The world of electric sportbikes just got turned up a notch with the debut of the production version of the Energica Ego. Built in Italy as an adjunct business for a Formula 1 supplier, the Ego brings European style and sophistication to the e-bike market.
You may recall we had a chance to throw a leg over the Ego prototype last year in Italy, and we were impressed by how production-ready the Italian e-sportbike performed. With its oil-cooled, permanent-magnet AC motor factory-rated at 134 horsepower and 144 ft-lb of torque, it easily trumped anything from e-bike leaders Zero and Brammo, and its claim of a lofty 150-mph top speed almost seemed like it might be feasible.
We’re still unable to verify the Ego’s top speed, but a recent ride on the production Ego solidified our initial impressions about Energica’s platform and performance. Riding on familiar roads this time around, we were able to double our impressions by bringing along one of our riding buddies, Daniel Schoenewald, for the ride.
The transition from prototype to production has seen several changes and updates to the Ego. Here’s a quick rundown of the major tweaks.
The first 45 Egos to be produced will be a high-spec version called the Ego 45 Limited Edition. Each will be individually numbered with a plaque mounted on the upper triple clamp. Electronic upgrades include GPS integration, Bluetooth connectivity and a smartphone app.
Mechanical bits raised to a higher standard are the suspension and wheels. An Ohlins FGRT NIX-30 cartridge fork leads the way, while a TTX shock holds up the rear. Wheels are OZ forged-aluminum hoops instead of the cast wheels on the base version. It is also supplied with a 20-kW DC fast-charger, an extra-cost option on the regular Ego.
The Ego 45’s bodywork is lightweight carbon fiber instead of the injection-molded plastic on the base model. It’s also graced by a smattering of 3D-printed components from Energica’s parent company, the CRP Group, a noted supplier to several Formula 1 teams.
Pretty much every limited-edition motorcycle from Italy has been expensive, and the Ego 45 continues that trend. It retails at a whopping $68,000, twice the price of the base model. If that seems too steep, consider that Energica is sweetening the deal with an Italian Lowell watch crafted from wood and individually numbered to match the number on your Ego 45.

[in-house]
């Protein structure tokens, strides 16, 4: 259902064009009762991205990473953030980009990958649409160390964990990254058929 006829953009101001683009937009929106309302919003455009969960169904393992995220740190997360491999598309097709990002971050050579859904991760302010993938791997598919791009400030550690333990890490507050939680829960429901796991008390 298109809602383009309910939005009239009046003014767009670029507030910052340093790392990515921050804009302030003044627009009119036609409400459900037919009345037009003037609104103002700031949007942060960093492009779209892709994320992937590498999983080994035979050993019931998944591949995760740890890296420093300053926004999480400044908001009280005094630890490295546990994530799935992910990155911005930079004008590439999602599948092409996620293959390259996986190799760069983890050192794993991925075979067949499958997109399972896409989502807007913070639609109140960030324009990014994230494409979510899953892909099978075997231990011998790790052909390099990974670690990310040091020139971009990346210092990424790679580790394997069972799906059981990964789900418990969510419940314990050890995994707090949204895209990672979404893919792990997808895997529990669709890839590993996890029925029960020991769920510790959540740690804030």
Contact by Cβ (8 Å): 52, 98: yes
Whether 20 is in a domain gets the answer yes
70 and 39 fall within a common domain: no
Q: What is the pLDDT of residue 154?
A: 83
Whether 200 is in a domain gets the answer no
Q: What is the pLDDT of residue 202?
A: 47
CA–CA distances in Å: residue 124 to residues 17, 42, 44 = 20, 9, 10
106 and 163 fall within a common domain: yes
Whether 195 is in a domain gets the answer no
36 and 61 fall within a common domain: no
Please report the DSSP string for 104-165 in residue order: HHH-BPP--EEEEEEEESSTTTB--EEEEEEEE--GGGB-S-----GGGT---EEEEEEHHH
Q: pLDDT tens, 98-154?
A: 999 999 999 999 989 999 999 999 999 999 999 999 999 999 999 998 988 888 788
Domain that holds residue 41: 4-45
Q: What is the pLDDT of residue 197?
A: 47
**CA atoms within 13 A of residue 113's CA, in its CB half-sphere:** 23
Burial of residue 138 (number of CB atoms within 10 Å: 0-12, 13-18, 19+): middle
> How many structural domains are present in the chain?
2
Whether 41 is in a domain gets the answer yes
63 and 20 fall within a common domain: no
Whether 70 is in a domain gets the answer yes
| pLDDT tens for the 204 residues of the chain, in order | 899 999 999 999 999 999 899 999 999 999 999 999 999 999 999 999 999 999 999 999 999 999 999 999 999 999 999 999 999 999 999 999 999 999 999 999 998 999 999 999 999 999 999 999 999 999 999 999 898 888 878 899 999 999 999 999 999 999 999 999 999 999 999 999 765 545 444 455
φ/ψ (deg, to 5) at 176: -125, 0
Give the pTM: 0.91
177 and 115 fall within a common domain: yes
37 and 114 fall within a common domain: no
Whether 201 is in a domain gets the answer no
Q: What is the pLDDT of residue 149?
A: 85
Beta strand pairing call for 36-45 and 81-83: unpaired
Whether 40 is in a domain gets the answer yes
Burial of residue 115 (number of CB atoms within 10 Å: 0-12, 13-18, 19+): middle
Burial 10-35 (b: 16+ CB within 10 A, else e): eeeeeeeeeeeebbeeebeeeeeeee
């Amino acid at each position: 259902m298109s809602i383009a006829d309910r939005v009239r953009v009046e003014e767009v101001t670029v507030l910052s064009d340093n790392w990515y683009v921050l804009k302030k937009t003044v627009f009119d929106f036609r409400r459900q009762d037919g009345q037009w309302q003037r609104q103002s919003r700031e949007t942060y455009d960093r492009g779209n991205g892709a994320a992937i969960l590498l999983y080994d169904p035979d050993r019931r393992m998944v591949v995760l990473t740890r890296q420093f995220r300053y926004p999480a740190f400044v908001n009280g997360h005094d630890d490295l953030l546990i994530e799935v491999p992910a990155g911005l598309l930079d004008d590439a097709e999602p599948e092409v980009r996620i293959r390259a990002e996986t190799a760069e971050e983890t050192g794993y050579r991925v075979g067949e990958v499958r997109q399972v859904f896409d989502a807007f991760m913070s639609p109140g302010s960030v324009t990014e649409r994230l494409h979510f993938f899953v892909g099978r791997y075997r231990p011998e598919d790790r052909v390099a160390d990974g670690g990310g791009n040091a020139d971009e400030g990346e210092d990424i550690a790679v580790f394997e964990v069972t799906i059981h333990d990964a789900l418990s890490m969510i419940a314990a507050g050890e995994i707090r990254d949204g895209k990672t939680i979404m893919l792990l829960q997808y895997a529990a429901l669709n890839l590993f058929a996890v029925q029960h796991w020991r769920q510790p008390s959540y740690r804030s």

EV batteries are expensive, and high-capacity batteries (11.7 kilowatt/hour in the Ego) are heavy. Hence, the base-model Ego is tropospherically priced at $34,000 and scales in at a hefty 584 pounds. Below are Energica-supplied numbers for range and recharging times.
|190 km at 60 kph (118 mi. at 37 mph)||Zero to 100% via 110-volt outlet: 8 hours|
|150 km at 80 kph (93 mi. at 50 mph)||Zero to 100% via J1772 220-volt DC charger: 3.5 hours|
|100 km at 100 kph (62 mi. at 62 mph)||Zero to 85% via Mode-4 DC supercharger: 30 minutes.|
|50 km (31 mi.) when ridden on a racetrack||Battery is said to be good for 1200 cycles before it |
drops below 80% capacity.
Our ride was set in the twists and turns of the Santa Monica Mountains bordering the tony seaside city of Malibu, Calif. Schoenewald and I were let loose on a standard Ego (but with carbon-fiber bodywork) and the limited-production Ego 45 in its Matte Pearl White. I was quick to call dibs on the exotic Ego 45 bearing the mega-exclusive 00/45 badge.
Before taking off, Energica’s Chief Technical Officer, Giampiero Testoni, walked us through the new electronics and brilliantly vivid TFT color instrumentation. We decided to start off in the Standard ride mode and with regenerative braking in its medium setting.
An electric motor’s power delivery can be anything its engineers program into its motor controller, so a rider is never quite sure what kind of response a twist of an e-bike “throttle” will deliver. But in the Ego’s case, twisting the grip spits forth a completely intuitive response that allowed us to smoothly accelerate out of the parking lot and onto the open road.
My next test was to see how hard the Ego accelerated with the twistgrip spun to its stop. While it pulled with the supernatural response of a high-performance electric motor and an unending powerband, the thrust didn’t feel as enormous as the prototype I rode in Italy. I decided to switch it to Sport mode at the next opportunity and was rewarded with serious levels of oomph.
A few other button pushes toggled the regen braking up to its highest setting. I was wary of using the higher level of regen because I feared it would add an unnatural amount of braking force, but I couldn’t have been more impressed. Fully shutting the throttle produced a level of force very similar to that delivered from an internal-combustion engine on the overrun, so it felt entirely natural. And, just as important to smooth riding, there is an easily ascertained neutral-throttle area just behind the closed-throttle point that allows the Ego to coast without adding engine/motor braking. This well-tuned setup is ideal and feels entirely natural.